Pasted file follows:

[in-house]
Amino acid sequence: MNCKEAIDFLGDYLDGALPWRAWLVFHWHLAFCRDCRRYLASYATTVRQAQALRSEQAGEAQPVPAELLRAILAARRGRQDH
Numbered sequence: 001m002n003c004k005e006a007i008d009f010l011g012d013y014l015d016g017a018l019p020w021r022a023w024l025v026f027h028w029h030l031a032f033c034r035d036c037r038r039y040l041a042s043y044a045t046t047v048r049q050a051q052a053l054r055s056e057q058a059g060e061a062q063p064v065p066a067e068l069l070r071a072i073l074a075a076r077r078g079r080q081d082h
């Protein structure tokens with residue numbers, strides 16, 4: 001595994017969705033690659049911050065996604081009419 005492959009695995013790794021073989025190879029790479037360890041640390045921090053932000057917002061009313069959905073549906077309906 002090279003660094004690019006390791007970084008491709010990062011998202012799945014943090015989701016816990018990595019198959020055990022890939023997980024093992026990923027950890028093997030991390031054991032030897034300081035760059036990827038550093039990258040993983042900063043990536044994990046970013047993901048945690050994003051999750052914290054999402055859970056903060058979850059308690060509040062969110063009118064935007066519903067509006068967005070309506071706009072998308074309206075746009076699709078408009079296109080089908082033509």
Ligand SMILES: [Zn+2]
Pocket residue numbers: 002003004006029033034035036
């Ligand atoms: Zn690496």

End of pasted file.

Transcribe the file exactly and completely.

[in-house]
Amino acid sequence: MNCKEAIDFLGDYLDGALPWRAWLVFHWHLAFCRDCRRYLASYATTVRQAQALRSEQAGEAQPVPAELLRAILAARRGRQDH
Numbered sequence: 001m002n003c004k005e006a007i008d009f010l011g012d013y014l015d016g017a018l019p020w021r022a023w024l025v026f027h028w029h030l031a032f033c034r035d036c037r038r039y040l041a042s043y044a045t046t047v048r049q050a051q052a053l054r055s056e057q058a059g060e061a062q063p064v065p066a067e068l069l070r071a072i073l074a075a076r077r078g079r080q081d082h
């Protein structure tokens with residue numbers, strides 16, 4: 001595994017969705033690659049911050065996604081009419 005492959009695995013790794021073989025190879029790479037360890041640390045921090053932000057917002061009313069959905073549906077309906 002090279003660094004690019006390791007970084008491709010990062011998202012799945014943090015989701016816990018990595019198959020055990022890939023997980024093992026990923027950890028093997030991390031054991032030897034300081035760059036990827038550093039990258040993983042900063043990536044994990046970013047993901048945690050994003051999750052914290054999402055859970056903060058979850059308690060509040062969110063009118064935007066519903067509006068967005070309506071706009072998308074309206075746009076699709078408009079296109080089908082033509």
Ligand SMILES: [Zn+2]
Pocket residue numbers: 002003004006029033034035036
């Ligand atoms: Zn690496």